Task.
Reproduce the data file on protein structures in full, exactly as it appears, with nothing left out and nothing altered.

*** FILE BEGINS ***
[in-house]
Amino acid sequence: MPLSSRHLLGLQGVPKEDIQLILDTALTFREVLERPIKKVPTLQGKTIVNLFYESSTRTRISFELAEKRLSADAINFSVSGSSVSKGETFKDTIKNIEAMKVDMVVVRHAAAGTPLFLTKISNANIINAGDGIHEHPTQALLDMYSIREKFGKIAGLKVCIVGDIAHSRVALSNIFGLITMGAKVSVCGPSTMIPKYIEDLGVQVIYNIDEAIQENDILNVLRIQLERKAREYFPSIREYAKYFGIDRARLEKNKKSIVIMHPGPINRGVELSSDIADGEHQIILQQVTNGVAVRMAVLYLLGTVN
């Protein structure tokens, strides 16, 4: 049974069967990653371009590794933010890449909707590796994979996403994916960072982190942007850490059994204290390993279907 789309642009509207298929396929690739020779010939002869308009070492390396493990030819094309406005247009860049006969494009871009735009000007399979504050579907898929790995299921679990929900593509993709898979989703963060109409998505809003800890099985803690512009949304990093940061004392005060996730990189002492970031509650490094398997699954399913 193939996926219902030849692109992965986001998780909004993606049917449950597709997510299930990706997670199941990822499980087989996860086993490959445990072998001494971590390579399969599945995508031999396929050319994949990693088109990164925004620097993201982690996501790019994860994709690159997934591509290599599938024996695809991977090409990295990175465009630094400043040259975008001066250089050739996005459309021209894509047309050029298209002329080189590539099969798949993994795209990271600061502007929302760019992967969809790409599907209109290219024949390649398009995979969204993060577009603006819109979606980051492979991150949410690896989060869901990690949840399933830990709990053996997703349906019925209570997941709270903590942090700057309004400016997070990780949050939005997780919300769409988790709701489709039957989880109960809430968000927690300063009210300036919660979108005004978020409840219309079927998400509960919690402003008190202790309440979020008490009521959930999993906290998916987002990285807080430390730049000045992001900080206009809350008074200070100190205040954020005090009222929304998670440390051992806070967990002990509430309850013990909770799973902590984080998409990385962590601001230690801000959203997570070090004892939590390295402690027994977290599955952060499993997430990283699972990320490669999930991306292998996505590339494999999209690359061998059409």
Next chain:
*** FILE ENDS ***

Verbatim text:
[in-house]
Amino acid sequence: MPLSSRHLLGLQGVPKEDIQLILDTALTFREVLERPIKKVPTLQGKTIVNLFYESSTRTRISFELAEKRLSADAINFSVSGSSVSKGETFKDTIKNIEAMKVDMVVVRHAAAGTPLFLTKISNANIINAGDGIHEHPTQALLDMYSIREKFGKIAGLKVCIVGDIAHSRVALSNIFGLITMGAKVSVCGPSTMIPKYIEDLGVQVIYNIDEAIQENDILNVLRIQLERKAREYFPSIREYAKYFGIDRARLEKNKKSIVIMHPGPINRGVELSSDIADGEHQIILQQVTNGVAVRMAVLYLLGTVN
């Protein structure tokens, strides 16, 4: 049974069967990653371009590794933010890449909707590796994979996403994916960072982190942007850490059994204290390993279907 789309642009509207298929396929690739020779010939002869308009070492390396493990030819094309406005247009860049006969494009871009735009000007399979504050579907898929790995299921679990929900593509993709898979989703963060109409998505809003800890099985803690512009949304990093940061004392005060996730990189002492970031509650490094398997699954399913 193939996926219902030849692109992965986001998780909004993606049917449950597709997510299930990706997670199941990822499980087989996860086993490959445990072998001494971590390579399969599945995508031999396929050319994949990693088109990164925004620097993201982690996501790019994860994709690159997934591509290599599938024996695809991977090409990295990175465009630094400043040259975008001066250089050739996005459309021209894509047309050029298209002329080189590539099969798949993994795209990271600061502007929302760019992967969809790409599907209109290219024949390649398009995979969204993060577009603006819109979606980051492979991150949410690896989060869901990690949840399933830990709990053996997703349906019925209570997941709270903590942090700057309004400016997070990780949050939005997780919300769409988790709701489709039957989880109960809430968000927690300063009210300036919660979108005004978020409840219309079927998400509960919690402003008190202790309440979020008490009521959930999993906290998916987002990285807080430390730049000045992001900080206009809350008074200070100190205040954020005090009222929304998670440390051992806070967990002990509430309850013990909770799973902590984080998409990385962590601001230690801000959203997570070090004892939590390295402690027994977290599955952060499993997430990283699972990320490669999930991306292998996505590339494999999209690359061998059409």
Next chain: